[It is surprising that the chronicler wrote so little about the career of this godly king who brilliantly managed both domestic and foreign policy].



Assyrian Deception

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Trust Not in Assyria

2 Chronicles 28

The formulaic introduction reports the wicked practices of Ahaz, Jotham's son (vv. 1-4).

[He was king during Isaiah's Immanuel prophecy—late seventh/early eighth century B.C. (cf. Is. 7:14)].

National evil brings death and subjugation to many in Judah through the military triumphs of Syria and Israel (vv. 5-8).

The prophet Oded's warning to Israel's army, holding them responsible for willful killings, prevents it from making slaves of Judah's captives.

Instead, the men of Israel begin to treat their captives with kindness (vv. 9-15).

Ahaz disgraces himself by losing battles to the Edomites and Philistines (vv. 16-18).

Tiglath-Pileser, the Assyrian king, relieves him of his money, but does not lift a finger to help him.

By means of repetition, the chronicler emphasizes this latter point (vv. 20-21).

Ahaz turns his back on the LORD increasingly until his death (vv. 22-27).

[What went wrong in Jotham's family, that a godly king should beget such a wicked apostate?

This example provides further proof that godly fathers do not always produce godly children!]



Obedience Brings Revival in Judah

2 Chronicles 29

The next four chapters comprise the Hezekiah material, beginning with the formulaic summary of the king's reign and ending with the announcement of his death (29:1-2; 32:32-33).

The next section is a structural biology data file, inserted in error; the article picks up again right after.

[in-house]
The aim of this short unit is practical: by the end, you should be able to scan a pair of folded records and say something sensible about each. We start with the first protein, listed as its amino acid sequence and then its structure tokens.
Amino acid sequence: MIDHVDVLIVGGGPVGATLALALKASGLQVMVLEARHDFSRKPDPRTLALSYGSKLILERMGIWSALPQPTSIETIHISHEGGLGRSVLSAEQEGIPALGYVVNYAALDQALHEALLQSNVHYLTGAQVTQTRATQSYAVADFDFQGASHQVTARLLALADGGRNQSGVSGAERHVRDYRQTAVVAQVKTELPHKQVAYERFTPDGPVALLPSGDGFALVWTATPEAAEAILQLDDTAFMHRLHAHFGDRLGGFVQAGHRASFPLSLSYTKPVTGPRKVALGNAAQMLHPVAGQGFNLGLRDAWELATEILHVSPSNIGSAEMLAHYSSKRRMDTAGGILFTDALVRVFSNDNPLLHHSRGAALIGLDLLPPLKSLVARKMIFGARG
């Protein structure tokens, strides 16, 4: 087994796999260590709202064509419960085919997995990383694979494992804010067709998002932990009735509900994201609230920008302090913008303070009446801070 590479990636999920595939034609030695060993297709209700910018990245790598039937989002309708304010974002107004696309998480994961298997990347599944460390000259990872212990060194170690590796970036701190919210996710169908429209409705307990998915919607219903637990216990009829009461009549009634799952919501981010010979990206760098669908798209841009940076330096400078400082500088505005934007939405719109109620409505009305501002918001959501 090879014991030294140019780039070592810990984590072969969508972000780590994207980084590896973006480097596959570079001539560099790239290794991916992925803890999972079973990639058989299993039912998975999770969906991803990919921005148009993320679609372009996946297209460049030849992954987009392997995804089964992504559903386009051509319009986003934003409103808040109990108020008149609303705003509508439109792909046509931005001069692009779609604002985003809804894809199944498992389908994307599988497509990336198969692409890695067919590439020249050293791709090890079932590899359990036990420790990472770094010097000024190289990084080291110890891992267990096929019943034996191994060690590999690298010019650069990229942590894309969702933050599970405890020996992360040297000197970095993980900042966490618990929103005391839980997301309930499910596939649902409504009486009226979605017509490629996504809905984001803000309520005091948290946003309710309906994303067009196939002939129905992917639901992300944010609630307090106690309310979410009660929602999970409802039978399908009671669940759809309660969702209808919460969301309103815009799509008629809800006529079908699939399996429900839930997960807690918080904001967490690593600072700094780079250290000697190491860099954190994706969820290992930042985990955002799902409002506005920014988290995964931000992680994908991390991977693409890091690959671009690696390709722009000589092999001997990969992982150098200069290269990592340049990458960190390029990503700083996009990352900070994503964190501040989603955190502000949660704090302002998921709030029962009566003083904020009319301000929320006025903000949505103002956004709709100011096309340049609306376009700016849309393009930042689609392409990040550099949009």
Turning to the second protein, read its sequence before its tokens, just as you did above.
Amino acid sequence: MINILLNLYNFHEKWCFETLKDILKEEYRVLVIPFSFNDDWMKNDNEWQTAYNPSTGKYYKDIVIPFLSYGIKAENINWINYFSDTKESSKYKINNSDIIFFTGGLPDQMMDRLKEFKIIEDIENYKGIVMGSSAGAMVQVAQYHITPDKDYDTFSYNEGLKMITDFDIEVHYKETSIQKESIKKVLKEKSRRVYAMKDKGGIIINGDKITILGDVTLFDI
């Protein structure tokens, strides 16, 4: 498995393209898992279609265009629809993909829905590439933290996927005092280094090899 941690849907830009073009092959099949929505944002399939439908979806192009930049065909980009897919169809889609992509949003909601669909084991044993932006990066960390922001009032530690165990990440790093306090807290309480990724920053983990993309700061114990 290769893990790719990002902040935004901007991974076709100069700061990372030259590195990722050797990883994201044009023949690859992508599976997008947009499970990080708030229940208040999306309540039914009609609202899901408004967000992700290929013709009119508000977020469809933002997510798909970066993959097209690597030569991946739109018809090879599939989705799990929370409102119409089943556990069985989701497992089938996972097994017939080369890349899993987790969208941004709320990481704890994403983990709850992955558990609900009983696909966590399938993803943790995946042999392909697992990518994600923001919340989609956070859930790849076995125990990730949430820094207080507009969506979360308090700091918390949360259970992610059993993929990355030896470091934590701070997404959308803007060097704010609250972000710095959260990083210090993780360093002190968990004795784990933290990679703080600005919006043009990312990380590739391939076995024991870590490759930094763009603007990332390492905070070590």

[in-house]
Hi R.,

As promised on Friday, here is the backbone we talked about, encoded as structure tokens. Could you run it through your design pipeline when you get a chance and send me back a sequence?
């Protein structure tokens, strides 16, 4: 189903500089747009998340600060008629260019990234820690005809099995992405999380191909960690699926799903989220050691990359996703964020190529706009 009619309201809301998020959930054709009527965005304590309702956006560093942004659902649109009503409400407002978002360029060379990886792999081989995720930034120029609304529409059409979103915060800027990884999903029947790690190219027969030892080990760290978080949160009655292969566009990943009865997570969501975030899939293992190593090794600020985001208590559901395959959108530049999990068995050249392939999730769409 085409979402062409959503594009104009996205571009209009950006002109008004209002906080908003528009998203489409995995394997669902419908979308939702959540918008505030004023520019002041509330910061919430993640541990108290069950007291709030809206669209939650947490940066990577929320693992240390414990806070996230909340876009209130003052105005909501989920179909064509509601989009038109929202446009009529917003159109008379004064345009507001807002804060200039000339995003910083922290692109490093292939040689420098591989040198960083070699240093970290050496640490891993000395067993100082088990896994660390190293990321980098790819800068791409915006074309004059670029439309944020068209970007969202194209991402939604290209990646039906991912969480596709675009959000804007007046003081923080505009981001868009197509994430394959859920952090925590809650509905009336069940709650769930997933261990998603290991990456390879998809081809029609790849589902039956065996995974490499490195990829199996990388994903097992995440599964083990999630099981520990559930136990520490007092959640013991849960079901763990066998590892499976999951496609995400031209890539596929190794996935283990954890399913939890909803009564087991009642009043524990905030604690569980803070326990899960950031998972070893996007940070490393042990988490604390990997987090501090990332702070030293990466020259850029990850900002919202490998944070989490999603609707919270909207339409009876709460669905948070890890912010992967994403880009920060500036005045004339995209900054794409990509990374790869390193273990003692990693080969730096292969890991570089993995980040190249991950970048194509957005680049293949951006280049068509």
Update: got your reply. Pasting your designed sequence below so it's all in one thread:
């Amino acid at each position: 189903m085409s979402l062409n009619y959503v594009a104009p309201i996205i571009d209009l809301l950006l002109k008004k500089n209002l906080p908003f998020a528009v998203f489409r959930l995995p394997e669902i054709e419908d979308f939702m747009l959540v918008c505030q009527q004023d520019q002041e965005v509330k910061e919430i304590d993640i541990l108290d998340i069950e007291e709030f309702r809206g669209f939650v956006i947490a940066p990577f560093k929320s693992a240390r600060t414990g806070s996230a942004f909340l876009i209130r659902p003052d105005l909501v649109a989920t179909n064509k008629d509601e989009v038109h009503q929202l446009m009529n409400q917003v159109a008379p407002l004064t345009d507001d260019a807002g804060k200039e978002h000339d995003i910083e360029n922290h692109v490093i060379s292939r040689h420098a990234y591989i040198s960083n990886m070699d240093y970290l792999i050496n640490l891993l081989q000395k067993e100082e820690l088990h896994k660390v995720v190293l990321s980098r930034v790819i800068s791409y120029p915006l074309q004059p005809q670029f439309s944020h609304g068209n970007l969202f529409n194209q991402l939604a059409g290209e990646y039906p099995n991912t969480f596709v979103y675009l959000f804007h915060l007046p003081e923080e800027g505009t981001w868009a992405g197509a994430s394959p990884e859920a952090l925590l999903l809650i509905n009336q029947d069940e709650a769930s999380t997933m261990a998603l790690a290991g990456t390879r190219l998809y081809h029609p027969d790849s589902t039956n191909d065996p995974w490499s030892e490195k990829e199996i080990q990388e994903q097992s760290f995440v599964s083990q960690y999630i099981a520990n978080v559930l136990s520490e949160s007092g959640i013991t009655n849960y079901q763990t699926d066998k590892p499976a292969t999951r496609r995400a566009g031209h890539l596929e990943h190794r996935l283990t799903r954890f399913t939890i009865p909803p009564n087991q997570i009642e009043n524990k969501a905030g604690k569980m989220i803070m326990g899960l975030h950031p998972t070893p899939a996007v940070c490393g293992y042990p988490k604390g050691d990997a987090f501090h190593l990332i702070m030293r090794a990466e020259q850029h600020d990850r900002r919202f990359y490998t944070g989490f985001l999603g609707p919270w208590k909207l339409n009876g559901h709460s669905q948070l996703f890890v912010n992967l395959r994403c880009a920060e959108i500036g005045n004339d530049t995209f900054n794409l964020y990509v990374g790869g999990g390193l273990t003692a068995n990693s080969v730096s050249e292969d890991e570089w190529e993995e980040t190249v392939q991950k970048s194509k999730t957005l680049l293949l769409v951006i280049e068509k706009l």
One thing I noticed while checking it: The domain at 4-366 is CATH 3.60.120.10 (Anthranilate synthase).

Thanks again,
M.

[Important note: Hezekiah assembles the priests and Levites—sons of Kohath, Merari, Gershon, Elizaphan, Asaph, Heman, and Jeduthun—to bring the kingdom back to faithfulness (vv. 12-14)].

They cleanse the temple in sixteen days (v. 17), and make atonement offerings for all Israel (vv. 20-24).

After the priests and Levites sacrifice and lead in worship (vv. 25-30), the people come with their offerings (vv. 31-33).

Through God's preparation of the hearts of the people, a revival occurs (v. 36).

[When the LORD's people obey His word, blessing follows].

Dimension of Israel

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Judah Celebrates a Holy Passover

2 Chronicles 30

Hezekiah attempts to reunite the nation by inviting everyone in Israel—“from Beersheba to Dan” (v. 5)—to celebrate the Passover at the Jerusalem temple (vv. 1-9).

Some from the tribes of Asher, Manasseh, and Zebulun make the journey, and others from Ephraim and Issachar arrive, but a multitude is not ceremonially clean (vv. 10-12).

Through the godly king’s intercession, the LORD graciously heals them (vv. 13-20).

All the people celebrate for twenty-one days at Hezekiah and other leaders' expense; much joyous singing, prayer, and confession take place (vv 21-27).